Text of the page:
I use Firefox and have since it came out...... It gets better and better..... Google Chrome I have taken out a couple times to play with but I don't go to it because I am heavily and I might add happily and efficiently engaged in Firefox' abilities and add ons... Chrome may be faster but the difference in speed I suspect comes from having no add ons.. I won't touch IE. I have to use it at work cause it is the corporate browser... It is a nightmare to use. Slow, few useful tools, and it seems to want to link only to Microsoft stuff... I think IE is dying and either Microsoft has a big plan, or it is going to lose the war... It does not even seem to be fighting the good fight on this....

  • Report this Comment On December 27, 2009, at 3:35 PM, rmb0000 wrote:

    @paulstewart -- chrome has extensions, they work just fine. I have about 10 of them installed, and there has been no noticeable effect on startup time or performance.

    While there are still plenty of firefox extensions that are possibly better, or not available yet on chrome, the idea that chrome is (quite a lot) faster than FF because of lack of extensions has been busted for some time now.

  • Report this Comment On December 28, 2009, at 3:45 AM, alanMosley wrote:

    I have been watching the browser stats at statcouter and I have noticed some peculiarities. Several times I have seen huge adjustments to the figures mostly unexplained, all these seem to be to the benefit of Firefox. One explanation it gave for a huge jump in Firefox shares and a huge drop in IE was that they gave more weight to china’s stats to reflect its population. This alarmed me because I thought I was looking at un-tampered with stats, not reworked to someone’s assumptions. If they were right to do this, then the stats must have been wrong up until that point. When I look at the stats from websites that I built and control, IE comes in at about 75% on most sites that have no IT related content. Those that have IT related content have IE anywhere from 60% up. Sudden jumps on statcouter are also not reflected in my stats. To me a web developer living in Australia my stats are much more relevant to me than guess work as to what Chinese browsers are using. If I look at statcounter's stats for my region it shows Firefox with double the market share I have recorded in my stats We also have to consider why their stats are so different to web applications stats, that by the way also are not raw stats.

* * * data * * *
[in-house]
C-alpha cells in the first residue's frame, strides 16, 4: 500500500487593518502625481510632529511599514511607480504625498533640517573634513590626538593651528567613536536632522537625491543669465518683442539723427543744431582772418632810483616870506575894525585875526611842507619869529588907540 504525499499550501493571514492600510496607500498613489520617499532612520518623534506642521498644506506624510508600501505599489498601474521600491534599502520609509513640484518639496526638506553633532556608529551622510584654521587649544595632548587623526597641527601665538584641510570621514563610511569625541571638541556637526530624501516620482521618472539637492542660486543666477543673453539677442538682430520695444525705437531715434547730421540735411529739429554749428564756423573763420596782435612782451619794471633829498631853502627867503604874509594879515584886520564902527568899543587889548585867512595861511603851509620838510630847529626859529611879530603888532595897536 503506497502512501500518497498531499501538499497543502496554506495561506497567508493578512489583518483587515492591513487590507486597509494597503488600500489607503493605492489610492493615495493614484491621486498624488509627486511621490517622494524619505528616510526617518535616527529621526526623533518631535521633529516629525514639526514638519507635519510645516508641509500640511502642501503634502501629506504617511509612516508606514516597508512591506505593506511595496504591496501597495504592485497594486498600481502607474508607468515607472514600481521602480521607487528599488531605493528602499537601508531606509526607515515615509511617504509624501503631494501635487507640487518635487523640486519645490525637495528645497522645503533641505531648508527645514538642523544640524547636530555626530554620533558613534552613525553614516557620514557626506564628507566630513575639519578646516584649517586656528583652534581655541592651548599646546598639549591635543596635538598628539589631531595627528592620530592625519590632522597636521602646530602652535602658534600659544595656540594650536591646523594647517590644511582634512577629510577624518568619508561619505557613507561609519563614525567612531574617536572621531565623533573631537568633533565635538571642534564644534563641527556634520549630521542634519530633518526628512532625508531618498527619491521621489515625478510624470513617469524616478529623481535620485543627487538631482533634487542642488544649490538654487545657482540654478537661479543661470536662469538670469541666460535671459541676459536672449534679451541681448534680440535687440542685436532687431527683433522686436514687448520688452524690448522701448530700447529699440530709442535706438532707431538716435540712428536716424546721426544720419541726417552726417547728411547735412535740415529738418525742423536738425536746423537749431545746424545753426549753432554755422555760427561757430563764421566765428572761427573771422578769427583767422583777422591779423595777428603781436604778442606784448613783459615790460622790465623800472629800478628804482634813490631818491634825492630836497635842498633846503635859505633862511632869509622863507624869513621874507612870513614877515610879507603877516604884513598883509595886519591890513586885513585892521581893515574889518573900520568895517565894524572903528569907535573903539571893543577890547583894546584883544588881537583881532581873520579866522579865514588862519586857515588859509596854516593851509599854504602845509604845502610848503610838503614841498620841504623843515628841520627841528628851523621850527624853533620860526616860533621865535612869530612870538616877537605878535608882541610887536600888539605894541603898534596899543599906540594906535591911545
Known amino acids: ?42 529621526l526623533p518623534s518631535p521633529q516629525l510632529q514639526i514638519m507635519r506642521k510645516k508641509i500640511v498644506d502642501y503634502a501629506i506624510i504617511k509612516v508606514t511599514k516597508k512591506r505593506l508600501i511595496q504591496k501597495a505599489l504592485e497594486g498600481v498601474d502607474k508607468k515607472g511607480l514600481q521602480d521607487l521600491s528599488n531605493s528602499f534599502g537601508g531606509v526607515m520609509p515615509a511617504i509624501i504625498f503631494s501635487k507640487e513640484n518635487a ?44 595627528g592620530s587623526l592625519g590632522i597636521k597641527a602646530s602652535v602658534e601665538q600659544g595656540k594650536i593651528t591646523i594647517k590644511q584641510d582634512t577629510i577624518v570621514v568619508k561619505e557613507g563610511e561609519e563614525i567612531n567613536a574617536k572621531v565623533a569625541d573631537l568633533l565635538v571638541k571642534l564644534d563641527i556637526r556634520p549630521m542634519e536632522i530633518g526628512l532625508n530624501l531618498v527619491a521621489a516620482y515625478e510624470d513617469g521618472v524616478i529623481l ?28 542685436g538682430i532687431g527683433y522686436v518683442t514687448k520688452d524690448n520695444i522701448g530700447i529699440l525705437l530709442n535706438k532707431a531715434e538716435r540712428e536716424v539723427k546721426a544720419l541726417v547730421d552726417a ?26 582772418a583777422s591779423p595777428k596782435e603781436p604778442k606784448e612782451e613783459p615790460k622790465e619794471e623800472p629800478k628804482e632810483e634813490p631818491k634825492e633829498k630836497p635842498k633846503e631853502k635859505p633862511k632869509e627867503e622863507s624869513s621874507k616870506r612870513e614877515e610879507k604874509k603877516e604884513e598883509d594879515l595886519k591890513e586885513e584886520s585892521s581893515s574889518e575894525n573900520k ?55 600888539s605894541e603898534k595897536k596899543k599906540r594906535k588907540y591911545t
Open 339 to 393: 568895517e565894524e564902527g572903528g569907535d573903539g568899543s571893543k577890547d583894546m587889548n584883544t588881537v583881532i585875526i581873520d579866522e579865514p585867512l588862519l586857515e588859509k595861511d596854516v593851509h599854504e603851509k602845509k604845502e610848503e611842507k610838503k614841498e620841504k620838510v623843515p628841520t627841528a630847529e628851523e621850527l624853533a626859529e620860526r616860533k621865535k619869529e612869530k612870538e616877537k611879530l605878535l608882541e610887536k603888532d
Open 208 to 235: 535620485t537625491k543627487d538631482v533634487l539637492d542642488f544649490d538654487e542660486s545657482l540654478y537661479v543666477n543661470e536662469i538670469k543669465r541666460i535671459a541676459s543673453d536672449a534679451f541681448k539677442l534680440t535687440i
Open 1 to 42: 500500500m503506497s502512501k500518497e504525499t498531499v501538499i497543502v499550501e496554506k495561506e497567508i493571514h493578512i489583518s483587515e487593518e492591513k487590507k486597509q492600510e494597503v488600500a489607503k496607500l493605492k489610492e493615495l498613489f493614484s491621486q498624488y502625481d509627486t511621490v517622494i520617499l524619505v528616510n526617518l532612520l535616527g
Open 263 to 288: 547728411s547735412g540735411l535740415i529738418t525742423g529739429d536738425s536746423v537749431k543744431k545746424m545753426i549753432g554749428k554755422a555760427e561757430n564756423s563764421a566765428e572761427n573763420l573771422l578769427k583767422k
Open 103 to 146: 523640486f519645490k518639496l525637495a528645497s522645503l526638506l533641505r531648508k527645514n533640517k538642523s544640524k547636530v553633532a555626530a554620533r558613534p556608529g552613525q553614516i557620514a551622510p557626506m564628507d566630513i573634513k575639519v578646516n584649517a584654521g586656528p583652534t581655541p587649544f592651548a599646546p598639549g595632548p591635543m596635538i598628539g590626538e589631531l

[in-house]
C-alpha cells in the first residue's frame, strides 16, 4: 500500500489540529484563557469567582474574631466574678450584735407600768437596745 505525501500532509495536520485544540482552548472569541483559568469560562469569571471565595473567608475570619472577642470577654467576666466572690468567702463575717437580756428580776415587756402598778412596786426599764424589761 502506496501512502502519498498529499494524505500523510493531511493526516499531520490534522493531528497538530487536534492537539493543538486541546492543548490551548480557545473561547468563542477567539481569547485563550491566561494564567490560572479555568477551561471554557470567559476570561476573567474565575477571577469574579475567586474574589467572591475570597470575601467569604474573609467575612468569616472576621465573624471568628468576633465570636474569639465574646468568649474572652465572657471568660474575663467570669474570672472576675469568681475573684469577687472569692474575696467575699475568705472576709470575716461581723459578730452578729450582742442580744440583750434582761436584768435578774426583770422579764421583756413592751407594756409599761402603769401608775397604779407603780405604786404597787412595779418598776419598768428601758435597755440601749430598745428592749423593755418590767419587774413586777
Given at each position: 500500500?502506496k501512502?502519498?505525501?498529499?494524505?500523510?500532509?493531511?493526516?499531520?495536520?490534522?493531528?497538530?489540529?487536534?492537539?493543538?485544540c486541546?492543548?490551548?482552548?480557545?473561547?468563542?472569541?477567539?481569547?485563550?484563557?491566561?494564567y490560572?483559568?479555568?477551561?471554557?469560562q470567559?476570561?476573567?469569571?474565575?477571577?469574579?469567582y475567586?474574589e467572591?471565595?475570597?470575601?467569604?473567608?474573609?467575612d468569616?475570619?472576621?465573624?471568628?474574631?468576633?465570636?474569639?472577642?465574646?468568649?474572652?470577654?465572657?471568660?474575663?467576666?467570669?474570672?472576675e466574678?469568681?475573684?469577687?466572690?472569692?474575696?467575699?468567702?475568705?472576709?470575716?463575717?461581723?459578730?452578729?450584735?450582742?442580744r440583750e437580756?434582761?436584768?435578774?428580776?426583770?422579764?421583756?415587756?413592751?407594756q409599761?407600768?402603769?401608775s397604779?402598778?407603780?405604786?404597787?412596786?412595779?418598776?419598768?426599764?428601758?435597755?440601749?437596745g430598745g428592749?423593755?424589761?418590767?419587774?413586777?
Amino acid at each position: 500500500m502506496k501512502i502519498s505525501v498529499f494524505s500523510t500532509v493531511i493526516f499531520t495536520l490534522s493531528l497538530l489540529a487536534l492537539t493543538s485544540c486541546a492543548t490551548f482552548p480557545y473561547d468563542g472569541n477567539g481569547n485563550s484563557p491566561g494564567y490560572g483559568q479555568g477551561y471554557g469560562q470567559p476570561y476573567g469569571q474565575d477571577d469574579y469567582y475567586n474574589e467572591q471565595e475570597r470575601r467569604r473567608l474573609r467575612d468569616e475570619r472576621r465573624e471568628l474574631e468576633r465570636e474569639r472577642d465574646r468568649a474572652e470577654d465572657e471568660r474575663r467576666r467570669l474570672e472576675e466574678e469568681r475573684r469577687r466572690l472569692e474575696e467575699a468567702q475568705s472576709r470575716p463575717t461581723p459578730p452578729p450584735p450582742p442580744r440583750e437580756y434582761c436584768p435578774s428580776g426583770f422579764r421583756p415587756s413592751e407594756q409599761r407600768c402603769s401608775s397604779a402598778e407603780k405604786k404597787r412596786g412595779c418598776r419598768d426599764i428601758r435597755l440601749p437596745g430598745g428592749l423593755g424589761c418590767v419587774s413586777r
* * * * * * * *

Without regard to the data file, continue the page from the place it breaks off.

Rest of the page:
• Report this Comment On December 28, 2009, at 12:30 PM, jesterboomer wrote:

    I mostly use Firefox but used IE for some sites, e.g. Netflix player, that only worked with IE. These are now mostly working with Firefox so my need for IE diminshes.

    Also, I have recently experienced problems using IE8 and Windows 7.

  • Report this Comment On December 30, 2009, at 7:14 PM, GenChaos wrote:

    I would ditch IE in a heartbeat if not for the problem MeirRatsky pointed out. A lot of .gov websites don't work as well on Firefox.

    Also I don't think apple has as much to do with IE losing share as IE just being a bad browser does. A lot of Mac-Heads I know swear by fire fox as the author himself admits to doing.

    If Microsoft decides to pour millions into IE development I'm sure they'll come out with a decent product. Although their trend is to be a follower not so much an innovator these days. That's something that often seems to hurt them.

  • Report this Comment On December 30, 2009, at 10:02 PM, jmbring wrote:

    IE certainly won't disappear - it achieved its status by packaging, not performance, and many folks will continue to use the de facto Windows browser. which is too bad, really.

    i'm becoming quite a fan of Chrome lately. simple and clean, effective and fast. even on our old laptop...

  • Report this Comment On December 31, 2009, at 3:44 AM, Netteligent09 wrote:

    If given a chance, worldwide customers will delete Microsoft Internet Explorer from their computers.

  • Report this Comment On December 31, 2009, at 9:57 PM, crawlfish wrote:

    I use mainly Fire Fox. I run Linux on my home computers but can use Explorer through wine on them. Most people use Microsoft products because they do not know of alternates they could use. Right now pc computers are getting cheaper all the time. All components except the operating system have fallen in price. Now Microsoft products are glaring expensive. They are not even the best available. Open Source is better. The core of Apple's operating system is open source for instance. Linux has won the server war and we are moving towards Cloud Computing which runs on servers. I think Microsoft will survive. But not without a major corporate culture shift.